Wednesday , December 11, 2019

Global Growth Leads to Nearly 41 Million Terminals Accepting Contactless, Researcher Says

With last week’s introduction of contactless card acceptance on New York City subway and bus systems, hopes are riding high on mass transit to at last stimulate contactless acceptance and usage in the United States. Now recent research indicates acceptance is picking up rapidly pretty much everywhere. 

The number of point-of-sale terminals worldwide accepting contactless cards shot up 41% in 2017, the most recent year for which data was available, to reach 40.9 million, according to RBR Research, a London-based firm. That represents 42% of all payment terminals, the firm says.

Rapid growth also is expected on the card-issuance side. The number of contactless cards globally will reach 10.7 billion, or 57% of all cards, by 2023, RBR forecasts. That contrasts with 5.25 billion cards in 2017, or 35% of all cards that year. That works out to a 12% average annual growth rate over the six-year span, RBR says.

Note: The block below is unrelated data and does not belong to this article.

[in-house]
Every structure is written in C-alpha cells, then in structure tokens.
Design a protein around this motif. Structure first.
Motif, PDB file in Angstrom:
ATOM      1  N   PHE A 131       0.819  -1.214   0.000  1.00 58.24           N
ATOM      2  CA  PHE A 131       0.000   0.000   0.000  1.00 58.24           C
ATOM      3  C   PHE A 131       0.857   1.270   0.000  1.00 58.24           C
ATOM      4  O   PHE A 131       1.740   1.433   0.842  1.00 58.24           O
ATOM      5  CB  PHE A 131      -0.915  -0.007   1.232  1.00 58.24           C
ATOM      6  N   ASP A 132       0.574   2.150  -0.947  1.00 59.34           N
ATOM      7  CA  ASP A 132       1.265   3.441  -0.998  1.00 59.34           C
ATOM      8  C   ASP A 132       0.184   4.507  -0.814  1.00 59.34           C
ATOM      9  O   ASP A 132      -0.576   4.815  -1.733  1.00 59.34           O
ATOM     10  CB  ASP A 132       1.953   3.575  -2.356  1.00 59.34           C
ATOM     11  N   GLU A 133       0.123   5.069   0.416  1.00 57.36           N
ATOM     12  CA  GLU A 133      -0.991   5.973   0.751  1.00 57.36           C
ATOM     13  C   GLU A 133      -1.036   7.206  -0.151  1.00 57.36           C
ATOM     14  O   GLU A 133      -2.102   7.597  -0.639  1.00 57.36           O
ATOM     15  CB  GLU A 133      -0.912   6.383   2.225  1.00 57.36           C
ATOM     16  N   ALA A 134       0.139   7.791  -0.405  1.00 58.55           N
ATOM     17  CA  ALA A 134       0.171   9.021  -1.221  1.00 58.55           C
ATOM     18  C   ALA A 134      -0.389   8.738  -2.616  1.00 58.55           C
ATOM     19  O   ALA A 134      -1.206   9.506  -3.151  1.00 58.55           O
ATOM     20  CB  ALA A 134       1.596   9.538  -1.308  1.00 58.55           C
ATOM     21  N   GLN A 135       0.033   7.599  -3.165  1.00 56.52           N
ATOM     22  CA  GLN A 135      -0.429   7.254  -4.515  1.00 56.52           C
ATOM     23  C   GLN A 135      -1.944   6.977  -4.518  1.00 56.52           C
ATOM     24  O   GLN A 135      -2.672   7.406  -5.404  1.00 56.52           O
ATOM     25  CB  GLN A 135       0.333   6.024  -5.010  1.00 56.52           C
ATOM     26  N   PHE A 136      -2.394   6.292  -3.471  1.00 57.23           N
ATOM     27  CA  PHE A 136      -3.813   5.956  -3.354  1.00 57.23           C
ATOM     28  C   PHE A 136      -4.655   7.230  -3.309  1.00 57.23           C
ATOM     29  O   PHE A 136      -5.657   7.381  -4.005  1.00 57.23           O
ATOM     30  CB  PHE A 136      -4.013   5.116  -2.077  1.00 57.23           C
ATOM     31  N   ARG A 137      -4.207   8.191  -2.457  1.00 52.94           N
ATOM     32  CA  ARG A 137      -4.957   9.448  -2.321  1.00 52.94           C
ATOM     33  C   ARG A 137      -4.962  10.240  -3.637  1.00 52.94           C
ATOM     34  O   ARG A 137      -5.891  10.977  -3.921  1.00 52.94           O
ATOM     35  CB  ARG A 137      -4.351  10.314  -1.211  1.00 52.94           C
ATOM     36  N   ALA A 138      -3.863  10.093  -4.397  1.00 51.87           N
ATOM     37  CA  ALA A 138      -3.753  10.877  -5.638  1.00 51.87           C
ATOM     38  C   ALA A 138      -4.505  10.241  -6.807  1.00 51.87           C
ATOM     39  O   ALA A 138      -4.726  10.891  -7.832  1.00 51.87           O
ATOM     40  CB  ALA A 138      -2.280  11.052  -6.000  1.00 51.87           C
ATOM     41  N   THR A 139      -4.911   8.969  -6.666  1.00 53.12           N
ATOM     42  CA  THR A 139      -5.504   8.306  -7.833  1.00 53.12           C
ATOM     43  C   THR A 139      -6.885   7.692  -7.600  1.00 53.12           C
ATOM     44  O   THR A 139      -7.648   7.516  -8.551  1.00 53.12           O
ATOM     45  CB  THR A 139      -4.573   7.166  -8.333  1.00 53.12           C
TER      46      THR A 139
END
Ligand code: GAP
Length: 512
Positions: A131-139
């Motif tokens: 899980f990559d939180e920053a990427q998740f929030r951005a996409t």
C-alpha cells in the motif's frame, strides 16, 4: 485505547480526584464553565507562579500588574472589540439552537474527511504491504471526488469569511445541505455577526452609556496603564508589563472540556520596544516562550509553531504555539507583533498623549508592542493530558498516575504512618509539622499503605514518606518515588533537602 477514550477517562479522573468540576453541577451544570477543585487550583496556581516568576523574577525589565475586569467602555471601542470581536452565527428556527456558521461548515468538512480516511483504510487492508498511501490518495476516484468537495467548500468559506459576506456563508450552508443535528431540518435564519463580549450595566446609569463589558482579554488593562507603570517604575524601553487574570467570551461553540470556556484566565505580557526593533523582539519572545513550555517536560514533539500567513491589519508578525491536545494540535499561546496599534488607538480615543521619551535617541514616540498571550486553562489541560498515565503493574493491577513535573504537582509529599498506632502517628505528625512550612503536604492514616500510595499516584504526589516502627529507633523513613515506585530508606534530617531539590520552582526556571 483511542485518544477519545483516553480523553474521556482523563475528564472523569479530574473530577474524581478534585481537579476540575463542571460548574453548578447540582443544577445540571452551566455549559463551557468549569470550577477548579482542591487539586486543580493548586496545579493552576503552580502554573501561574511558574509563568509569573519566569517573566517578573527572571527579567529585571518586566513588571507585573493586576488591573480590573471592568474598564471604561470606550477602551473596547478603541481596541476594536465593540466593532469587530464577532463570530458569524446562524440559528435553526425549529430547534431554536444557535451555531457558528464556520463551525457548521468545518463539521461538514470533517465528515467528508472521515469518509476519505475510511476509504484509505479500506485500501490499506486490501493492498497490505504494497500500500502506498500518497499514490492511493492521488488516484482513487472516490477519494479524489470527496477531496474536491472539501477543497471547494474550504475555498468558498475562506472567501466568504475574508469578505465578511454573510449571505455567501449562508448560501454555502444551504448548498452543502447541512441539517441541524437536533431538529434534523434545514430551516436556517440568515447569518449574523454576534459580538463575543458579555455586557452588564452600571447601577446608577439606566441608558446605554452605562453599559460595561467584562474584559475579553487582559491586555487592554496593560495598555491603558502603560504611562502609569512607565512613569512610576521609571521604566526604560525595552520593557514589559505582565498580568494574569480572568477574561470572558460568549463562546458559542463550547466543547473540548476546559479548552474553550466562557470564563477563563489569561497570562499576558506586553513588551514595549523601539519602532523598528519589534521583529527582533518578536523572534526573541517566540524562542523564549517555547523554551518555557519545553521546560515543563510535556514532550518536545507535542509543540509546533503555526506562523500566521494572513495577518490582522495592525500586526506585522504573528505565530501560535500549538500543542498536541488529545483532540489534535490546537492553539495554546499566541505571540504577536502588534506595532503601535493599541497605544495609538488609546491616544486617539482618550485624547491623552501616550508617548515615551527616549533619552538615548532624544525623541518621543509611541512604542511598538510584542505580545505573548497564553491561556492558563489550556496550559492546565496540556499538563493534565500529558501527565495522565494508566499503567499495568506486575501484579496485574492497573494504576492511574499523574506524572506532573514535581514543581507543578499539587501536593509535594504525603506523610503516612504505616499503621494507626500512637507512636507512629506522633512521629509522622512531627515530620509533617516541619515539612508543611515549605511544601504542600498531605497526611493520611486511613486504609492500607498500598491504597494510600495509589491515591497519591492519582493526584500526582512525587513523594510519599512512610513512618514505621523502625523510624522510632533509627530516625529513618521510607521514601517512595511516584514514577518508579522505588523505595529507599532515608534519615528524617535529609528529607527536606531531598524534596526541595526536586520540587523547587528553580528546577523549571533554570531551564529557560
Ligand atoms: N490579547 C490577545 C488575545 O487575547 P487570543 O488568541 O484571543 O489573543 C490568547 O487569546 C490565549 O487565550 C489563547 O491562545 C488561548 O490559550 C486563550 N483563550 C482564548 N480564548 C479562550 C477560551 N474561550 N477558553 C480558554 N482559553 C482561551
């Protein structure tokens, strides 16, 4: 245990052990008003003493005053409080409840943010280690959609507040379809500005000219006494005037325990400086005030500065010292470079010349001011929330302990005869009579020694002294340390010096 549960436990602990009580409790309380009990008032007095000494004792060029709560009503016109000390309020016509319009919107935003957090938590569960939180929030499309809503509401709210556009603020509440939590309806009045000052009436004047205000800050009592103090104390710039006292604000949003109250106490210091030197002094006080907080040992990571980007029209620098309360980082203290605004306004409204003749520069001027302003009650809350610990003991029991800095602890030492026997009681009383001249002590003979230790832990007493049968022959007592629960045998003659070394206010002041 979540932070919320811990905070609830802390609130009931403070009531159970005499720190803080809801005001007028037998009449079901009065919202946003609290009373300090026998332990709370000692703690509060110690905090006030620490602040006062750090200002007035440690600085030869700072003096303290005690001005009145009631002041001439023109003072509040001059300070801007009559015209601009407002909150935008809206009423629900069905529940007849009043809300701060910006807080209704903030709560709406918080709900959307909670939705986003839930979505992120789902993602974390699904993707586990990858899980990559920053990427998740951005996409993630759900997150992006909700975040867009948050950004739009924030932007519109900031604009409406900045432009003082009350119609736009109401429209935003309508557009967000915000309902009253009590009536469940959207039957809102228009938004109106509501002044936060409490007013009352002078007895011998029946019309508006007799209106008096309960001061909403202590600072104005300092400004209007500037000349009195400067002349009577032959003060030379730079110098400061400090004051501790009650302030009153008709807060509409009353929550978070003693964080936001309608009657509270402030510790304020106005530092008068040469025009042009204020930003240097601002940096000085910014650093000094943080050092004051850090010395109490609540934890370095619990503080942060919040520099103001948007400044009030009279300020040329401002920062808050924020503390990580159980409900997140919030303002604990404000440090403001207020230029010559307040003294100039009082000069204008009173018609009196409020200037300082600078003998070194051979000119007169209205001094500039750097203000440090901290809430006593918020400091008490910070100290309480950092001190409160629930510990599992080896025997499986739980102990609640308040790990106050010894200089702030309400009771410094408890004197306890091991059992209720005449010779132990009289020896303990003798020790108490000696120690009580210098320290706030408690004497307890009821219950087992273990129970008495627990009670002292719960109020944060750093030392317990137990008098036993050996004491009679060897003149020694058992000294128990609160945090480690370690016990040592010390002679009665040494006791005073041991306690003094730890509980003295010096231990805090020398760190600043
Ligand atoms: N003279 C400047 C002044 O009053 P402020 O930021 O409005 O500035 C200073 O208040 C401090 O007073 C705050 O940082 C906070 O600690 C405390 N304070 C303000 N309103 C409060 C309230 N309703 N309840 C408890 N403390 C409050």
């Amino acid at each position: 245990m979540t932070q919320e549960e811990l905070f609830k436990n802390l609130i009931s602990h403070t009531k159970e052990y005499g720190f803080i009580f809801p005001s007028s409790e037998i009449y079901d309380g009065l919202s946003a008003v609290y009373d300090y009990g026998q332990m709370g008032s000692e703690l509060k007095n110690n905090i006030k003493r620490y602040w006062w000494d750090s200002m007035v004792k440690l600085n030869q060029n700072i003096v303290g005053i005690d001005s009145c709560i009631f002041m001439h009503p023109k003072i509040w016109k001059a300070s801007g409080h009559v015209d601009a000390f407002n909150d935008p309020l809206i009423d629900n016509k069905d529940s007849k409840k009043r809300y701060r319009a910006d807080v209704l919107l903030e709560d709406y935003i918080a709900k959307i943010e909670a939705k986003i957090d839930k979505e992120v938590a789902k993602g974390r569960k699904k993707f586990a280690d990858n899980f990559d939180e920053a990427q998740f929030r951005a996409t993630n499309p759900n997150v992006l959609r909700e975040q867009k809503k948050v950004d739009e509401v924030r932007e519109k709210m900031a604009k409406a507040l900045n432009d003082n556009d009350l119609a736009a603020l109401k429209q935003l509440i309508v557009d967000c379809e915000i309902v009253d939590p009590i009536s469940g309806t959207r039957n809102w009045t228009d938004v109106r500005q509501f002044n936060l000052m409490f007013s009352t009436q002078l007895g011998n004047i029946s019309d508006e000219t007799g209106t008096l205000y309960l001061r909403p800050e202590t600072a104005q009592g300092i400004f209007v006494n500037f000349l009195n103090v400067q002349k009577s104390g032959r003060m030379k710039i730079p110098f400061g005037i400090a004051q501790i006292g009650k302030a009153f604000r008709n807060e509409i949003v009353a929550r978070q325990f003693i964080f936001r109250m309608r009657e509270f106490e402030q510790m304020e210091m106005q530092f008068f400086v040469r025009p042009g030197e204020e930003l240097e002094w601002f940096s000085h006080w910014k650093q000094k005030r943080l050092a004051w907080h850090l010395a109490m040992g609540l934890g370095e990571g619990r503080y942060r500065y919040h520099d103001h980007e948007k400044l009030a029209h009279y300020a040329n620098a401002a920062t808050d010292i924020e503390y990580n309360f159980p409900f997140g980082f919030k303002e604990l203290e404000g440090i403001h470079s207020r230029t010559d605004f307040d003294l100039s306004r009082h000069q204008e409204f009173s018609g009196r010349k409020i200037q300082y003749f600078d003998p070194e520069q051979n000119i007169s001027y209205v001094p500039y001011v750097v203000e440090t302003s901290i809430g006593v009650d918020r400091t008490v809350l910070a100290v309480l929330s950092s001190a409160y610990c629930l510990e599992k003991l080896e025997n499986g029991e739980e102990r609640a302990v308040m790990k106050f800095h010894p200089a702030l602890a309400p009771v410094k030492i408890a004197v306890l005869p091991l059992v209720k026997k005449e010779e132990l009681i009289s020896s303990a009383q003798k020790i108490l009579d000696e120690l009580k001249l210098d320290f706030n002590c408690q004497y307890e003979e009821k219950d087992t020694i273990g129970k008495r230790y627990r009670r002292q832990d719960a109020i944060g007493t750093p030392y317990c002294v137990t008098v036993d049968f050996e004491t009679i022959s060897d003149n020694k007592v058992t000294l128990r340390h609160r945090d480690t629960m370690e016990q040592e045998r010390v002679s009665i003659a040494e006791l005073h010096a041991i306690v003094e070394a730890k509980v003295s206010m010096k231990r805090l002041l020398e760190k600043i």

Still, until recently at least contactless accounted for a relatively low share of worldwide card payments. While the number of contactless payments grew 88% in 2017, that still came to just 11% of all card payments, according to RBR.

The research firm sees the cards replacing cash for low-value payments. Mandates in certain regions also account for some of the growth, it says. In China, which RBR calls the “world’s largest contactless market,” issuers are including chips and contactless technology in response to a central-bank requirement. And in Europe, rules from Visa Inc. and Mastercard Inc. require all terminals to have contactless capability by 2020.

But merchants, particularly those that sell low-value goods such as snack items, also are encouraging contactless usage, RBR says. To promote contactless, ads by these outlets emphasize rapid checkout, the firm adds.

“Contactless issuance and usage will grow strongly as consumers and merchants see the benefits of the technology in terms of speed and convenience,” said Daniel Dawson, who led RBR’s research, in a statement. “As contactless cards become a part of everyday life across the globe, their acceptance and use will become the norm in the vast majority of countries.”

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